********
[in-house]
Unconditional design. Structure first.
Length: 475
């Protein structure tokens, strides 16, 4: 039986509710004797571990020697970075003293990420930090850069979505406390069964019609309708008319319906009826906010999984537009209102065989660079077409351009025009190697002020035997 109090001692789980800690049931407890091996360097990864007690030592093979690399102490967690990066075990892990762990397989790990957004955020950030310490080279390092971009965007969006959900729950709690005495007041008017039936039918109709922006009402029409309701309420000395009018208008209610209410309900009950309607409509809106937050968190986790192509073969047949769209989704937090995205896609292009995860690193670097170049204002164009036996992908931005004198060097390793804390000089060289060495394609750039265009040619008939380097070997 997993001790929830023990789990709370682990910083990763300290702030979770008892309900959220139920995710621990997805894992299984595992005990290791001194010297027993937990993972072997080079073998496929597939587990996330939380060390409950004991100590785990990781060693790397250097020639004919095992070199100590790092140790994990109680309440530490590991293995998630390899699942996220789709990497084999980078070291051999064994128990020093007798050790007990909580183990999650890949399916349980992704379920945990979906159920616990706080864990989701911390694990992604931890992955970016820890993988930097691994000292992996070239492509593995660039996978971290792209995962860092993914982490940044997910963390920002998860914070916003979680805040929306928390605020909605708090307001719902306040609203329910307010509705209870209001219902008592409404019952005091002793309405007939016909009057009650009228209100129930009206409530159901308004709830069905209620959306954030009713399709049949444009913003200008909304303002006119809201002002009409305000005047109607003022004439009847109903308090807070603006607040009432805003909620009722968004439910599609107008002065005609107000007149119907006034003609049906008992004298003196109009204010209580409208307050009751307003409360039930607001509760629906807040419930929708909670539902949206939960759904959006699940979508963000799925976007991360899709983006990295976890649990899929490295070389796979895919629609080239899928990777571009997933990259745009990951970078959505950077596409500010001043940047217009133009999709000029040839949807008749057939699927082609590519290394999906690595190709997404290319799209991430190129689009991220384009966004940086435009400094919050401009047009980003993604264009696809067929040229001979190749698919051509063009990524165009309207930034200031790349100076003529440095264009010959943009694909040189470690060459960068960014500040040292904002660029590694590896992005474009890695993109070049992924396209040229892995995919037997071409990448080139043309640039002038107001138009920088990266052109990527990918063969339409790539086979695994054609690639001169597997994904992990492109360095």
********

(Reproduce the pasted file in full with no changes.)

[in-house]
Unconditional design. Structure first.
Length: 475
């Protein structure tokens, strides 16, 4: 039986509710004797571990020697970075003293990420930090850069979505406390069964019609309708008319319906009826906010999984537009209102065989660079077409351009025009190697002020035997 109090001692789980800690049931407890091996360097990864007690030592093979690399102490967690990066075990892990762990397989790990957004955020950030310490080279390092971009965007969006959900729950709690005495007041008017039936039918109709922006009402029409309701309420000395009018208008209610209410309900009950309607409509809106937050968190986790192509073969047949769209989704937090995205896609292009995860690193670097170049204002164009036996992908931005004198060097390793804390000089060289060495394609750039265009040619008939380097070997 997993001790929830023990789990709370682990910083990763300290702030979770008892309900959220139920995710621990997805894992299984595992005990290791001194010297027993937990993972072997080079073998496929597939587990996330939380060390409950004991100590785990990781060693790397250097020639004919095992070199100590790092140790994990109680309440530490590991293995998630390899699942996220789709990497084999980078070291051999064994128990020093007798050790007990909580183990999650890949399916349980992704379920945990979906159920616990706080864990989701911390694990992604931890992955970016820890993988930097691994000292992996070239492509593995660039996978971290792209995962860092993914982490940044997910963390920002998860914070916003979680805040929306928390605020909605708090307001719902306040609203329910307010509705209870209001219902008592409404019952005091002793309405007939016909009057009650009228209100129930009206409530159901308004709830069905209620959306954030009713399709049949444009913003200008909304303002006119809201002002009409305000005047109607003022004439009847109903308090807070603006607040009432805003909620009722968004439910599609107008002065005609107000007149119907006034003609049906008992004298003196109009204010209580409208307050009751307003409360039930607001509760629906807040419930929708909670539902949206939960759904959006699940979508963000799925976007991360899709983006990295976890649990899929490295070389796979895919629609080239899928990777571009997933990259745009990951970078959505950077596409500010001043940047217009133009999709000029040839949807008749057939699927082609590519290394999906690595190709997404290319799209991430190129689009991220384009966004940086435009400094919050401009047009980003993604264009696809067929040229001979190749698919051509063009990524165009309207930034200031790349100076003529440095264009010959943009694909040189470690060459960068960014500040040292904002660029590694590896992005474009890695993109070049992924396209040229892995995919037997071409990448080139043309640039002038107001138009920088990266052109990527990918063969339409790539086979695994054609690639001169597997994904992990492109360095």